Sunday, November 20, 2011


The Borrowers Afloat, Mary Norton, Harcourt Brace & World, 1959, 191 pp


In the third book of The Borrowers series, the family takes to the water. At the end of The Borrowers Afield, Pod, Homily, and their daughter Arrietty finally arrived at the cottage where Uncle Hendreary and his family lived. Their dwelling was between the walls behind the fireplace in the cottage of the gamekeeper for the Big House.

Initially they were all relieved to have found shelter and safety, but in this story it soon became apparent that being dependent on relatives and in very cramped quarters was far from ideal. Arrietty had become used to the wide outdoors and began to pine away for more space.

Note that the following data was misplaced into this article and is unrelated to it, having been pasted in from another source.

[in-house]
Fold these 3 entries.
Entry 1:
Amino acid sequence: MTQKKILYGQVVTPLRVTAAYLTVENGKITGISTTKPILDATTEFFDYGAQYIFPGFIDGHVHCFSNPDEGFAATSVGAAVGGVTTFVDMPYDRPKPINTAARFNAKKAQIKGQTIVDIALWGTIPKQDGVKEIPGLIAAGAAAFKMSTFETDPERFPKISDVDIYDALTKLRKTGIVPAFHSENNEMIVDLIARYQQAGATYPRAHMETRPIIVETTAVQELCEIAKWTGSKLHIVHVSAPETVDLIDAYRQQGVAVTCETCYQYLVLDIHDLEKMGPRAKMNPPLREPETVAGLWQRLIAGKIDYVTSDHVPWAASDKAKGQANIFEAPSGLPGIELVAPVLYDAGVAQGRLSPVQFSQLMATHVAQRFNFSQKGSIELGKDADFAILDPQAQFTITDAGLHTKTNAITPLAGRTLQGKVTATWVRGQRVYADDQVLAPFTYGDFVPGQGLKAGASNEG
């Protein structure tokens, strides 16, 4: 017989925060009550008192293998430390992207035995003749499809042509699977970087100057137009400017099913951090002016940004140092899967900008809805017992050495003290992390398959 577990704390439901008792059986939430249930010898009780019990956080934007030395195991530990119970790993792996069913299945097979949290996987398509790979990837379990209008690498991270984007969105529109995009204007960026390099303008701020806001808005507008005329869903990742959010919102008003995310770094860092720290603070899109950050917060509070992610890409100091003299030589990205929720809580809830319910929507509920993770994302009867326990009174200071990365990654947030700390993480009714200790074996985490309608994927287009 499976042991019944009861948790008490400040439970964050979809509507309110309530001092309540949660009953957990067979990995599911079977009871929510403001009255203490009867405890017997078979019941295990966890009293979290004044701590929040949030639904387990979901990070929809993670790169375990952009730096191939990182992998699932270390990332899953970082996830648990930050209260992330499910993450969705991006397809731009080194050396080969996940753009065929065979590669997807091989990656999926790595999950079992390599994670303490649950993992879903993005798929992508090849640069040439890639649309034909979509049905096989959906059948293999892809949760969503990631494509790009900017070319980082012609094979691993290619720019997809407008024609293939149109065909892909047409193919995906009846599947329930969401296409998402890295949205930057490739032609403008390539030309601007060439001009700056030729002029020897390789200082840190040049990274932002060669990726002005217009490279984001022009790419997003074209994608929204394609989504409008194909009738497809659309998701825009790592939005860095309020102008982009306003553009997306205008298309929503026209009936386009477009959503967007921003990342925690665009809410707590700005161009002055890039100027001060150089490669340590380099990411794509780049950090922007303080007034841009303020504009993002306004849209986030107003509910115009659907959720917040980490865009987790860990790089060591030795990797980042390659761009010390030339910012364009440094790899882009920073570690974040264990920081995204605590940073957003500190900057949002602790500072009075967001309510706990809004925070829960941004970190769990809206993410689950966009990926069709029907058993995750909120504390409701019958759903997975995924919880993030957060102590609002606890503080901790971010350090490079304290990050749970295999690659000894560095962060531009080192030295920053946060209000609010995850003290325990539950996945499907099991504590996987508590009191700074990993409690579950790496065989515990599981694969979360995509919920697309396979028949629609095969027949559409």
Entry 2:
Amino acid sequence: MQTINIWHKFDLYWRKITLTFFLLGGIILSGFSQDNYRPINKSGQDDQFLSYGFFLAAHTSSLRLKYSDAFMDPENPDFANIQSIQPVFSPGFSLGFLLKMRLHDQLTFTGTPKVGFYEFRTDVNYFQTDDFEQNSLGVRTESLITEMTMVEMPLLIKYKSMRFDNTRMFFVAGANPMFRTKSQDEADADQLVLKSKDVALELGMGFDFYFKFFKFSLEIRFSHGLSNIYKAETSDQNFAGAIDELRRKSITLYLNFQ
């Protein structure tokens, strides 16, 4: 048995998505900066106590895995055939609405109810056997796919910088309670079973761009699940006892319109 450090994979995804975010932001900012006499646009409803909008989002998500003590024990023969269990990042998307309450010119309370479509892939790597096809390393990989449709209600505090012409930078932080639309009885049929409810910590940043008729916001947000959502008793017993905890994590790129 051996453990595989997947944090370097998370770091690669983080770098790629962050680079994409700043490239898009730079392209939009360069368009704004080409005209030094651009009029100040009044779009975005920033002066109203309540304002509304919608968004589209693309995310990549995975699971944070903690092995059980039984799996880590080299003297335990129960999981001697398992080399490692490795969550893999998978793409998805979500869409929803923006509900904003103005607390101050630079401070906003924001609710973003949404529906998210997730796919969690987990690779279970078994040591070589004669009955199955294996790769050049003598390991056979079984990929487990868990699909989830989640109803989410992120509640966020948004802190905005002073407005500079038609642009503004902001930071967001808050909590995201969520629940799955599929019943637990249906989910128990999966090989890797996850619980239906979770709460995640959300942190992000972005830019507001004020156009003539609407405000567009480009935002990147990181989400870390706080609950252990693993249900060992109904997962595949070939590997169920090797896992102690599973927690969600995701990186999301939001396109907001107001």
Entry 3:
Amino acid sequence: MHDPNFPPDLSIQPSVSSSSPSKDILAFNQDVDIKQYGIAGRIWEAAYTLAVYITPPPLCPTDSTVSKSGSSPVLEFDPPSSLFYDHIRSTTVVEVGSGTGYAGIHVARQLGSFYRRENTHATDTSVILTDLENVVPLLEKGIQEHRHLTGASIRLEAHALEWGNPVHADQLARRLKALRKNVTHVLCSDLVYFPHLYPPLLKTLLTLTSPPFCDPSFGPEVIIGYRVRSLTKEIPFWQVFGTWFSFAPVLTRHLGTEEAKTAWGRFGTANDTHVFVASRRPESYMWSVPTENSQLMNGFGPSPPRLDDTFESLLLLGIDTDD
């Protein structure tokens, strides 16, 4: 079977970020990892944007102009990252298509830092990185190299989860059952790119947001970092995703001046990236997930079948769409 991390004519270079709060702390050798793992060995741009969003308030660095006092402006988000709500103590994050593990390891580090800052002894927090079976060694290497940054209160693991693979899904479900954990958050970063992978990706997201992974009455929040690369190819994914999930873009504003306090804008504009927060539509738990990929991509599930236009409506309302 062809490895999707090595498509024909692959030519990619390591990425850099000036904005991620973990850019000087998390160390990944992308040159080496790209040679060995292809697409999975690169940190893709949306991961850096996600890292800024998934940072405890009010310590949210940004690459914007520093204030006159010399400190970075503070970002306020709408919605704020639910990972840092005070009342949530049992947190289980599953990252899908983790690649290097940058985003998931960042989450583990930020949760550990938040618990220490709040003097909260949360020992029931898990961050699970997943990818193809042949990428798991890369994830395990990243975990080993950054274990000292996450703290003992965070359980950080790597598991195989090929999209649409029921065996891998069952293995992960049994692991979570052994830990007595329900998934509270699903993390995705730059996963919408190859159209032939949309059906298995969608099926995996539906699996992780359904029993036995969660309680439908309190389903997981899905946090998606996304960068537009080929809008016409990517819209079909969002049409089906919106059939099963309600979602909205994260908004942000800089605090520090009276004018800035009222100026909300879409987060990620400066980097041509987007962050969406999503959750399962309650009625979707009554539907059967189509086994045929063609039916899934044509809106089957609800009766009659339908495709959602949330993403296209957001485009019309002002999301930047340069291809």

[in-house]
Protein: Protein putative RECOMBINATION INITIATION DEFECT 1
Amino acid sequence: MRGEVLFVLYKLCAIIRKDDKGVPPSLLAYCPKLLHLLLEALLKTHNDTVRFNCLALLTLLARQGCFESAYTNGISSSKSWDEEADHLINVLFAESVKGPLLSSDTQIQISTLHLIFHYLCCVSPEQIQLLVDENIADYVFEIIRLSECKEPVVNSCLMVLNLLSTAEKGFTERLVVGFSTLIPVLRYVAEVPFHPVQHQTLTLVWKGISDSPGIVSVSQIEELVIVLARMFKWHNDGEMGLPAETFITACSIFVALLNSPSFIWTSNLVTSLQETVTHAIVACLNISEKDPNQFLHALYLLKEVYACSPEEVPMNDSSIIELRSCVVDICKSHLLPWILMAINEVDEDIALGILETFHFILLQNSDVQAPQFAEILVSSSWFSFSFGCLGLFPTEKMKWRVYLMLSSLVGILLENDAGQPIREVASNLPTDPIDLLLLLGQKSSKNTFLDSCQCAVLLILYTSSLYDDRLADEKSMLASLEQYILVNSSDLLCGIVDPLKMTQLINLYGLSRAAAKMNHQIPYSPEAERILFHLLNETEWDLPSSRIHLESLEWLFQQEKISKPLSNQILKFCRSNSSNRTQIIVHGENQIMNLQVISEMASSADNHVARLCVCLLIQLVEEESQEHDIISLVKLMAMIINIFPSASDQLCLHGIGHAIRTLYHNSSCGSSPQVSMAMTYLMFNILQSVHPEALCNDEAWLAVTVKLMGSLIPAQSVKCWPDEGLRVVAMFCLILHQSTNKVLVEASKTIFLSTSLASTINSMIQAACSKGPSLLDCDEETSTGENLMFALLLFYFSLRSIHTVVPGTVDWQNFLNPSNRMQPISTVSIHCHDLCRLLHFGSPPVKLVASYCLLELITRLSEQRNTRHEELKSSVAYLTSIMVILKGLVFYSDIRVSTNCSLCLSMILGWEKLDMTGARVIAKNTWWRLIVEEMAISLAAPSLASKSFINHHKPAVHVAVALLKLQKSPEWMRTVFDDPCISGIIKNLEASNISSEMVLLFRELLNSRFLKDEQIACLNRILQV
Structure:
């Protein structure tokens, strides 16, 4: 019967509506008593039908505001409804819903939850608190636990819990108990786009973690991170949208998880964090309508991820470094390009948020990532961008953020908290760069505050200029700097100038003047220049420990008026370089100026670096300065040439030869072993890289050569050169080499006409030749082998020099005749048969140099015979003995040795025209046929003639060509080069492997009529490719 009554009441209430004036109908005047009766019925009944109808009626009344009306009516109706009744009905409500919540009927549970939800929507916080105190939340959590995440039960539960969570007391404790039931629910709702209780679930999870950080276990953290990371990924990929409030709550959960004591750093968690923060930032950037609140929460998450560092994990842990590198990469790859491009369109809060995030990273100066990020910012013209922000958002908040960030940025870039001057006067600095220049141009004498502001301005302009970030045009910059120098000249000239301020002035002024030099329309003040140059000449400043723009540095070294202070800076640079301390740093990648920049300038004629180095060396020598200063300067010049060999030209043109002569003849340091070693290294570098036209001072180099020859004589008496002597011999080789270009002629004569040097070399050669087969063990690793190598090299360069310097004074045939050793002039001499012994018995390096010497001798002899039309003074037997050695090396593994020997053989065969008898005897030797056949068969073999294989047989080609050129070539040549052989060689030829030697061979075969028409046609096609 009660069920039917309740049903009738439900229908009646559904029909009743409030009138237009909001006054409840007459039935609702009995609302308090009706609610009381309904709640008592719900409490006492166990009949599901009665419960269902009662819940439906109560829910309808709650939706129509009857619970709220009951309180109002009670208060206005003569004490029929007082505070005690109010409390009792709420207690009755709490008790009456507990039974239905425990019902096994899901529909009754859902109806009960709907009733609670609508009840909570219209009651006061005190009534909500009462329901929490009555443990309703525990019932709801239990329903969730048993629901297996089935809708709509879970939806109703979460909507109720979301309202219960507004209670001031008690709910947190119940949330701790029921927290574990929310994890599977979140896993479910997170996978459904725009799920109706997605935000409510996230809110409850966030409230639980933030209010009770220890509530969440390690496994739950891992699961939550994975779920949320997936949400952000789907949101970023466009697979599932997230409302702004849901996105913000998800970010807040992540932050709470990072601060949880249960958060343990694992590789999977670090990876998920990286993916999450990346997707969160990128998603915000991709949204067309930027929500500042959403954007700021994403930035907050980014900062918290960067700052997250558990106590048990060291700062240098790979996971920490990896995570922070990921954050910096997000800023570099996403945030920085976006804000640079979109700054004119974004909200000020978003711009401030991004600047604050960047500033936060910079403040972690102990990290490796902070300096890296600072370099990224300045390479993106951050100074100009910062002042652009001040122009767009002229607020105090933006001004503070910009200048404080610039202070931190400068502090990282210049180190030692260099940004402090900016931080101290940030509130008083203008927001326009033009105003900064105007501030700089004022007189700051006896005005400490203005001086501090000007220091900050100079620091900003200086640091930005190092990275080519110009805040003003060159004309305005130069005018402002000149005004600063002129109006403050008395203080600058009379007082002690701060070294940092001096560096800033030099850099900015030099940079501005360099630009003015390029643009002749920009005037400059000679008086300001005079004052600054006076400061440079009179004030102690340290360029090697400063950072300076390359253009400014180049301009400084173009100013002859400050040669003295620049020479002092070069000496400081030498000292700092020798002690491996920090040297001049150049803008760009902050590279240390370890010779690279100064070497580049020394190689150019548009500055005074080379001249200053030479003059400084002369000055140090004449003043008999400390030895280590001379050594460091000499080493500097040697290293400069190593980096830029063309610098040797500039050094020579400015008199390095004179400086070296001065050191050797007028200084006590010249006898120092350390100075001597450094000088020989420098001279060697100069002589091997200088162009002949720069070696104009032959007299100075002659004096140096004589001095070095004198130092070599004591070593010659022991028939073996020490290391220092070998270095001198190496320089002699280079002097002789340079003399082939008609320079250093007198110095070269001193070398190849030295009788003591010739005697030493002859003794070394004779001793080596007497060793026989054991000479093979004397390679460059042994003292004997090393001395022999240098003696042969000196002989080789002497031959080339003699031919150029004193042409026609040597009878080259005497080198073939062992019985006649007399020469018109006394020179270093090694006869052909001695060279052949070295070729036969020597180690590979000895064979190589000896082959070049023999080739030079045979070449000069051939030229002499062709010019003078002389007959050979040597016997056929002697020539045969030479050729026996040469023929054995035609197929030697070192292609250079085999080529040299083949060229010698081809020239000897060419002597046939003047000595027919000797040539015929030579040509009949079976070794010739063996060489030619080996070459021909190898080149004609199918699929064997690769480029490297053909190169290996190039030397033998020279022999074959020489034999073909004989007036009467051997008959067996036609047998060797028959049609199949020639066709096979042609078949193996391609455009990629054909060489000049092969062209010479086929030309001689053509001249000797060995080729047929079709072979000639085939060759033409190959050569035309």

When the cottage humans moved out, leaving no food or other necessities for "borrowing" a crisis was reached. Arrietty and her family decided to move on.

This time they head for a miniature village called Little Fordham, all Borrower-size, where human visitors pay admission to wander through. The plan is to float two days down the river in an old teakettle.

The escape, the river journey and another run in with the Gypsies make for dramatic adventure. Homily gains even more strength, daring and insight. While Arrietty and her father have always been brave and resourceful, Homily is the true heroine in this book.

The Borrowers Afloat was the most exciting story in the series so far, though reading the books in order makes each story mean more.

(The Borrowers Afloat is available in paperback by order from Once Upon A Time Bookstore.)

No comments:

Post a Comment